What is a boiler room?
In architecture, we refer to a boiler room if we talk about the area where the boiler or heating and steaming equipment is found. In a sense, the boiler room in investments has the same idea. It is not literally a room that generates heat. It is a room that has a massive intensity of calls. This place is like an operation or call center where high-pressure salespeople call people interested in investing. For additional information, we call this list “sucker list.” On this list, we can find names of people who were already scammed before. These salespeople try to peddle speculative securities. Some may even try to sell fraudulent ones.
Why was it called boiler?
Before, people ran operations where high-pressure selling happened in the basement. These brokers would only give positive information about the stocks on sale and leave all the negative information. They discourage potential investors from researching what they are selling. They usually coin phrases such as “It’s a sure thing” and “It’s a once in a lifetime chance.”
The National Association of Securities Dealers sets rules of fair practice. Boiler rooms operations mostly violate these set rules if they are not illegal. In fact, the estimated amount that investors lose annually from fraudulent scams is not only millions of dollars but billions.
What happens in a boiler room?
Boiler room staff reaches out to investors in cold calls. Cold calls are unsolicited calls to people who were never in contact with the salesperson. So, the potential investor does not know what the salesperson is talking about because there is no history yet. He would have no way to prove whether the salesperson is giving legitimate opportunities or not. So, while there is no way to confirm the salesperson’s legitimacy, the potential investor also has no way to disprove the claims.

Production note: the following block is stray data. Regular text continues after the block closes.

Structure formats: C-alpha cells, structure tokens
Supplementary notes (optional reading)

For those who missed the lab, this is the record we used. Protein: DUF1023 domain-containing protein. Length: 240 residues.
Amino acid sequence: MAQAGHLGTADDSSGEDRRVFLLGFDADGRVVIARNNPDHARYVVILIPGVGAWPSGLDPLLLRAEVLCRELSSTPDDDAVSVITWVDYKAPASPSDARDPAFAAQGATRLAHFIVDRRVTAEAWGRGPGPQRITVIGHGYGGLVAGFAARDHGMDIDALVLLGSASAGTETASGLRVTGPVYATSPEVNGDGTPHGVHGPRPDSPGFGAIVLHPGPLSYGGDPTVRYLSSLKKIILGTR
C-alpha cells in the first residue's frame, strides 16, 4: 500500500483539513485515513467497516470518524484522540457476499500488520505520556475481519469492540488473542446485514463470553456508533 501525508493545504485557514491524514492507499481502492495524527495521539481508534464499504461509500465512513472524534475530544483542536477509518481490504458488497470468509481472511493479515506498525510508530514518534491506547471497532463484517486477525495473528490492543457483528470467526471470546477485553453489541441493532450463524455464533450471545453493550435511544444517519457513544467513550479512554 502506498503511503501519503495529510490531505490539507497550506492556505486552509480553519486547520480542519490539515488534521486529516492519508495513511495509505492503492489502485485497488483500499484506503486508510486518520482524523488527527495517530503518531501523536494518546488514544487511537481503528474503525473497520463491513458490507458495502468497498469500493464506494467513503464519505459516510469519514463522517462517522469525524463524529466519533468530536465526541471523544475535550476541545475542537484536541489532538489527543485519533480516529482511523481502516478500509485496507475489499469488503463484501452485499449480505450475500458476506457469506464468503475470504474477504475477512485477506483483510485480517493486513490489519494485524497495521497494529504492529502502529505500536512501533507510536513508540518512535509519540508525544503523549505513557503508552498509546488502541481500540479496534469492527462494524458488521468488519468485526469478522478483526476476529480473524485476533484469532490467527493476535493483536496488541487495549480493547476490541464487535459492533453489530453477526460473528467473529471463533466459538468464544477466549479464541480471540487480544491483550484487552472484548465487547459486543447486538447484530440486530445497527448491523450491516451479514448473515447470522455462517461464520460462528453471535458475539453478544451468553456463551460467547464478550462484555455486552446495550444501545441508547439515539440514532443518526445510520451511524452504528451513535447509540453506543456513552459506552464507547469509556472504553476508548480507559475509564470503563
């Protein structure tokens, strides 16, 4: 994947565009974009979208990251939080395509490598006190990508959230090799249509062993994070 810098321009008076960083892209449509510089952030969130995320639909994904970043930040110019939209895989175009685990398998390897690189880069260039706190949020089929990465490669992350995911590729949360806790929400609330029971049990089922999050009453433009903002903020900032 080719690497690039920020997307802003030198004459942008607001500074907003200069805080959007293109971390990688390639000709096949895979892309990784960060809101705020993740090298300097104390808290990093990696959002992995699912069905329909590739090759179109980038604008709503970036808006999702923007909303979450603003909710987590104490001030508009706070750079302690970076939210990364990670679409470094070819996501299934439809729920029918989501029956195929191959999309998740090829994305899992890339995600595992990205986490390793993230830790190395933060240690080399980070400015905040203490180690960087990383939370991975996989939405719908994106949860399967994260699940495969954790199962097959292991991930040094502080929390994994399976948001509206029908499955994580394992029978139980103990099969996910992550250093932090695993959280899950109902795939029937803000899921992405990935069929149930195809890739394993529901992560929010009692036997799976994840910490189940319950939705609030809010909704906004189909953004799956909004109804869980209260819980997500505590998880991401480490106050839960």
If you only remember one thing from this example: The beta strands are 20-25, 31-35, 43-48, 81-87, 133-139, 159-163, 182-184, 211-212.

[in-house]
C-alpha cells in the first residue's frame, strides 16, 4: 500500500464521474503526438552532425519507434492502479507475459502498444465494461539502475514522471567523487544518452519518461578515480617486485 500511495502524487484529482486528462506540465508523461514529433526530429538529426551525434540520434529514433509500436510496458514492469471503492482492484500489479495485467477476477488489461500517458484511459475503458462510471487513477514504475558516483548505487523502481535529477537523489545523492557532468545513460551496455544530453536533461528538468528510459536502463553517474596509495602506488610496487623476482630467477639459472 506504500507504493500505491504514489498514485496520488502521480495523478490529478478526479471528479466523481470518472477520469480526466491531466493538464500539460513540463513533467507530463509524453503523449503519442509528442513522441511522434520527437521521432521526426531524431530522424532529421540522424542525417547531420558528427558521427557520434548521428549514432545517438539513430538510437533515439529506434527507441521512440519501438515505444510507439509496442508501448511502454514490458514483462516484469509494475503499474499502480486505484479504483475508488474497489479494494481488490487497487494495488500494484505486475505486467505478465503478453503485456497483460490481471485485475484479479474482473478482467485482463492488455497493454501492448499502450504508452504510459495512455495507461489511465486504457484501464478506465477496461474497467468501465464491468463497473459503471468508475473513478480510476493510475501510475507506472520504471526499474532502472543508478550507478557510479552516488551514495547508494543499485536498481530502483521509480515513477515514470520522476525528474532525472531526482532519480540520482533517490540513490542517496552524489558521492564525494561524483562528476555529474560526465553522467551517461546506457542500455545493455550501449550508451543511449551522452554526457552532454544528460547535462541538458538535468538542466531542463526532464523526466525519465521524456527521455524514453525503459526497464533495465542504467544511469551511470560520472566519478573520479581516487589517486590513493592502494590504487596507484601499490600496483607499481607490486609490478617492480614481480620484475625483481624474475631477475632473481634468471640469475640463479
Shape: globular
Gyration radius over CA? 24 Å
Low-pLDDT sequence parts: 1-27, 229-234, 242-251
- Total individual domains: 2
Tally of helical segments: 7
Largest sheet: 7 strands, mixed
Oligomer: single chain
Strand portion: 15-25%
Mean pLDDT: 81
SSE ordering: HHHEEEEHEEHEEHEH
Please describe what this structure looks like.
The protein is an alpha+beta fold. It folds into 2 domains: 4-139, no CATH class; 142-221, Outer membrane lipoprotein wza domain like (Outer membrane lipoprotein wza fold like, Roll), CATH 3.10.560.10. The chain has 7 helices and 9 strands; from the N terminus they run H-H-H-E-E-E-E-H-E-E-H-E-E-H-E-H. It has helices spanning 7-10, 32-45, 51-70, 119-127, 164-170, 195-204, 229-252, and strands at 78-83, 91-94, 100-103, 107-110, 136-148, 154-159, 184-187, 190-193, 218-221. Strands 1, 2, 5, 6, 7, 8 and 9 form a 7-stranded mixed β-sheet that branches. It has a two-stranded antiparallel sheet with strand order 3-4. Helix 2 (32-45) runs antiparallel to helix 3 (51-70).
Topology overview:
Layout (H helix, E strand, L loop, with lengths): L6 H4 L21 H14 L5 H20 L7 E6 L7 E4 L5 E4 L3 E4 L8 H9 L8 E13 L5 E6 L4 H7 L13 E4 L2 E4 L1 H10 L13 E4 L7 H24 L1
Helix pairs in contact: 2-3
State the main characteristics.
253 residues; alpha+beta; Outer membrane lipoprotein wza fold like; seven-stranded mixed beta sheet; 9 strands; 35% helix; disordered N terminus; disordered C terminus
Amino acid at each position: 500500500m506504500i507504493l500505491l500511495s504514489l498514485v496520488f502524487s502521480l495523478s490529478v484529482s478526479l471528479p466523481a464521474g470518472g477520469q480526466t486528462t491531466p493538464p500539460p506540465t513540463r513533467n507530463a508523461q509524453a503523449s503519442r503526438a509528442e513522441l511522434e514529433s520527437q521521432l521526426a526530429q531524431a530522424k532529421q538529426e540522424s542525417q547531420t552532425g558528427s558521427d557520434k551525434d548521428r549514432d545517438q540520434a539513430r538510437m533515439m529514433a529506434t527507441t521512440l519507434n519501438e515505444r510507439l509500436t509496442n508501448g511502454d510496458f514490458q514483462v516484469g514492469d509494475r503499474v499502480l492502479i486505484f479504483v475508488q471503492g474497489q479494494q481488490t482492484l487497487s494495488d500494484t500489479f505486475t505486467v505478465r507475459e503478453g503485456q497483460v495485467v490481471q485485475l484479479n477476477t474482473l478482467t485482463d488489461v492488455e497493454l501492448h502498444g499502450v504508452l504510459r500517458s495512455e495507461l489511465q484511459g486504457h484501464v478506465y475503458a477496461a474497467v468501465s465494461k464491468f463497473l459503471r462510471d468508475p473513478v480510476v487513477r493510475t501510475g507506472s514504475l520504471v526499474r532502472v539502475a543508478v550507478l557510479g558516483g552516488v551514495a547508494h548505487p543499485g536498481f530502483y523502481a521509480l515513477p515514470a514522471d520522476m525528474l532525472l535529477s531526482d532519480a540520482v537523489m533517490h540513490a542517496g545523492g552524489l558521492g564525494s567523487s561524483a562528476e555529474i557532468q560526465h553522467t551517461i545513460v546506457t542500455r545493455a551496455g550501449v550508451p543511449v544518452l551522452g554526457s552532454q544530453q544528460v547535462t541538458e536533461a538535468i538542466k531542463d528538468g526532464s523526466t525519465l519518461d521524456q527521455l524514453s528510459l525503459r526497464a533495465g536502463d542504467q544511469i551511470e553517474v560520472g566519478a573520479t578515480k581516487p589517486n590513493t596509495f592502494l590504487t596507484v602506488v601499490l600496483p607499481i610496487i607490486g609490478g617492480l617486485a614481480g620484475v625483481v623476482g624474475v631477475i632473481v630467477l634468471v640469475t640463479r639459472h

Hence, SEC advises all investors to do research and background checks on the salespeople they engage with. Investors should always check if they’re registered on the investors.gov website.
Pressure salespeople need to assert the investment opportunity, so there is no way for the potential investor to verify what they say. They will insist on immediate payment. The approach is hostile, so the potential investor has no choice but to act. They pressure using a promise of high returns without risks, which is too good to be true.
Some convince investors to overspend on securities that have cheaper actual value. Unfortunately, some of these securities do not even exist or are worthless. This money will all go to the people behind the boiler room. There are many scams that people do using the boiler room, including binary options fraud, microcap fraud, and advance fee fraud.
The unfortunate truth
We earned a lot of benefits from technology. However, there are also downsides, and this includes the variety of boiler room operation and location. Technological advancements made it possible for scammers to run boiler room operations aside from basements and phone calls alone. They can now do it anywhere on the internet using electronic messaging like email, texts, social media, etc.